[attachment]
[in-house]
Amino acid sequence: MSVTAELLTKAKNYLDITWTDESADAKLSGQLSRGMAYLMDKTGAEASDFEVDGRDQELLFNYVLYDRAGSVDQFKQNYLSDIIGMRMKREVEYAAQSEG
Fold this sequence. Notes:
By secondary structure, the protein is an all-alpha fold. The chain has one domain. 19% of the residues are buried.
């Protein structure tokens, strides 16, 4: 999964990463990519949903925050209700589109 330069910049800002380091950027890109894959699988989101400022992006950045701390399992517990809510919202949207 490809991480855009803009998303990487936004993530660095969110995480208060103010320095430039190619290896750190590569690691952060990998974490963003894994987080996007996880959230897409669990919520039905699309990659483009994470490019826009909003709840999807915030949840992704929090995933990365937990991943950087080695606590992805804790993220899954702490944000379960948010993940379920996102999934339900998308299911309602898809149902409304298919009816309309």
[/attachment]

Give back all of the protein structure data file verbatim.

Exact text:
[in-house]
Amino acid sequence: MSVTAELLTKAKNYLDITWTDESADAKLSGQLSRGMAYLMDKTGAEASDFEVDGRDQELLFNYVLYDRAGSVDQFKQNYLSDIIGMRMKREVEYAAQSEG
Fold this sequence. Notes:
By secondary structure, the protein is an all-alpha fold. The chain has one domain. 19% of the residues are buried.
């Protein structure tokens, strides 16, 4: 999964990463990519949903925050209700589109 330069910049800002380091950027890109894959699988989101400022992006950045701390399992517990809510919202949207 490809991480855009803009998303990487936004993530660095969110995480208060103010320095430039190619290896750190590569690691952060990998974490963003894994987080996007996880959230897409669990919520039905699309990659483009994470490019826009909003709840999807915030949840992704929090995933990365937990991943950087080695606590992805804790993220899954702490944000379960948010993940379920996102999934339900998308299911309602898809149902409304298919009816309309």